[0032] Resource providers 212 and 214 may be configured to store and/or provide access to one or more resources. As such, a resource provider as used herein may be a data store, a cloud service provider, a client computing device, a server computing device, a distributed system of devices, such as, for example, an enterprise network, an application, a software platform (e.g., an operating system, a database, etc.), and the like. In aspects, resource providers 212 and 214 may be (or have access to) various different data sources, such as content providers, data stores, various sets of application data, and the like. The data stores may comprise one or more resources corresponding to one or more resource identifiers. For example, as depicted in Figure 2, resource provider 212 may be a data store comprising various different types of resources such as resource 228 (e.g., document 1 (Dl)) and resource 230 (e.g., presentation2 (PI)) and resource provider 214 may be a contact management application comprising contact resources 232 (e.g., contact 1 (CI)), 234 (e.g., contact 2 (C2)), 236 (e.g., contact 3 (C3)) and 238 (e.g., contact 4 (C4)). In this example, resource identifier 216 may correspond to resource 228; resource identifier 218 may correspond to resource 230; resource identifier 220 may correspond to resource 232; resource identifier 222 may correspond to resource 234; resource identifier 224 may correspond to resource 236; and resource identifier 226 may correspond to resource 238.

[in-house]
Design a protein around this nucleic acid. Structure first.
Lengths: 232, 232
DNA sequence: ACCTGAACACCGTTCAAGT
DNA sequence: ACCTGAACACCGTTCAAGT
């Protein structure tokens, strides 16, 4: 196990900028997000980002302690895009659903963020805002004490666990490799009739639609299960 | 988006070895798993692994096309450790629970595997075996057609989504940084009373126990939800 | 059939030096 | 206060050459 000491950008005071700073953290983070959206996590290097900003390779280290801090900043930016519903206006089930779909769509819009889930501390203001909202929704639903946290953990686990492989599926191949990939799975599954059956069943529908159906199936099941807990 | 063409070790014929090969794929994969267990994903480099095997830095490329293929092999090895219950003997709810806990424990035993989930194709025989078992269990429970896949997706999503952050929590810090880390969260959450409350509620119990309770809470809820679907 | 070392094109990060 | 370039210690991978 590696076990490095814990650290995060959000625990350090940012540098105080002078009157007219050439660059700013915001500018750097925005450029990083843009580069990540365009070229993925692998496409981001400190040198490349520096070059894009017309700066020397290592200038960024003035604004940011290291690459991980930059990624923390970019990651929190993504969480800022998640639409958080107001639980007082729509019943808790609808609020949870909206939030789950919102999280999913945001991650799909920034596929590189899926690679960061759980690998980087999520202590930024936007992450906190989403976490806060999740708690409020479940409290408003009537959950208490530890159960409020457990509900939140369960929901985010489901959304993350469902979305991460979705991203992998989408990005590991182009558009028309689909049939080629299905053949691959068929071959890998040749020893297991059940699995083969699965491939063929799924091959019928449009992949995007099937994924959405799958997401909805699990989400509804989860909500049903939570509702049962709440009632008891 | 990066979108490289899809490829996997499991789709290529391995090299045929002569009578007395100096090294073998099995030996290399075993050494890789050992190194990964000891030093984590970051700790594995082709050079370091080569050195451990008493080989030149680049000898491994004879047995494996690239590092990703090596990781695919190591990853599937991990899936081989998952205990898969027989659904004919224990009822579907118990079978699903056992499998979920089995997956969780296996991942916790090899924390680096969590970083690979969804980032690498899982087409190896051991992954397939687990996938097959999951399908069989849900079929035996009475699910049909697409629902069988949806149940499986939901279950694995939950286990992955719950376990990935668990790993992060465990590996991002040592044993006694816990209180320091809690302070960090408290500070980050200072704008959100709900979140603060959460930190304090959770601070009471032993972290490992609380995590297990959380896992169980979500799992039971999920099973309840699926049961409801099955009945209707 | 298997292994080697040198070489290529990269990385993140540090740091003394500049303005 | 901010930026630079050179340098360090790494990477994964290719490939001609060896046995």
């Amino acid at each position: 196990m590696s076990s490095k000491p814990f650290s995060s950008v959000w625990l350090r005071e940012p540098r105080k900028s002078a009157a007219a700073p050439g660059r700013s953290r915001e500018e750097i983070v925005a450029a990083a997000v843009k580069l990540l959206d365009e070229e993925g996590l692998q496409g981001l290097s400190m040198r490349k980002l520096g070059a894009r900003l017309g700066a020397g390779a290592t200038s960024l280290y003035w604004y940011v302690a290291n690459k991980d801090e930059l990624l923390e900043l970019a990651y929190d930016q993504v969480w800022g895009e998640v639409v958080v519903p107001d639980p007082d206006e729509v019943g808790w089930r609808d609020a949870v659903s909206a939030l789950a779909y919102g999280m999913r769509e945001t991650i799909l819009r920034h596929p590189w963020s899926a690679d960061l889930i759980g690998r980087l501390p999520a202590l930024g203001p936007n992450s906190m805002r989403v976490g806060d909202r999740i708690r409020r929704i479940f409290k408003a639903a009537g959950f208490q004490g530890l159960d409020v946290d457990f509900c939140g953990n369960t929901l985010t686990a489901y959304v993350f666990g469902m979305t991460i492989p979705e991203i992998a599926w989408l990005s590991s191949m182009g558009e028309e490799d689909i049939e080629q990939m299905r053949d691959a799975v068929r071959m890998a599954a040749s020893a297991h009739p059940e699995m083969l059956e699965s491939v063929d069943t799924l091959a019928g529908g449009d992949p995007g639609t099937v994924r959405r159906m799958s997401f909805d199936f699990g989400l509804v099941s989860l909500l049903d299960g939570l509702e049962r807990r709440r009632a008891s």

[0033] In some aspects, resource providers 212 and 214 (or resources associated therewith) may be accessible by Set creation applications 202 and 204. For example, Set creation applications 202 and 204 may access resource providers 212 and 214 to determine the existence of resources and/or retrieve information associated with the resources (e.g., resource metadata, resource location, resource identifiers, permission sets, authorization data, etc.). In an alternate example, Set creation applications 202 and 204 may not have access to resource providers 212 and 214. Instead, resource providers 212 and 214 may, for example, publish or broadcast resources and/or resource information to one or more devices or storage locations. Set creation applications 202 and 204 may then access the devices or storage locations receiving the resources/resource information to determine the existence of resources. In yet another example, Set creation applications 202 and 204 may receive resources/resource information directly. For instance, a user may use an interface accessible to Set creation applications 202 and 204 to create or upload on or more resources. In such aspects, the retrieved resources/resource information may be used to determine a set of resource identifiers corresponding to one or more of the available resources. The set of resource identifiers may be used to create one or more isolated collections. As noted above, the resource identifiers may be, or include, a durable URI for its corresponding resource. For instance, the resource identifier 216 may include the URI for the actual document (Dl) 228. Accordingly, in such an example, a user is able to determine the location of the document (Dl) 228 from the Set, and, depending on authorization and access restrictions, retrieve the document (Dl) 228. As another example, as depicted in Figure 2, resource provider 212 may be accessed by Set creation application 202. Set creation application 202 may determine that resource provider 212 comprises at least resources 228 and 230, and may determine resource identification information for each of the resources. Based on the determined resource identification information, resource identifiers 216 and 218 may be respectively applied/correlated to resources 228 and 230, and provided to environment 206. Environment 206 may then make resource identifiers 216 and 218 eligible for an inclusion analysis into one or more isolated collections.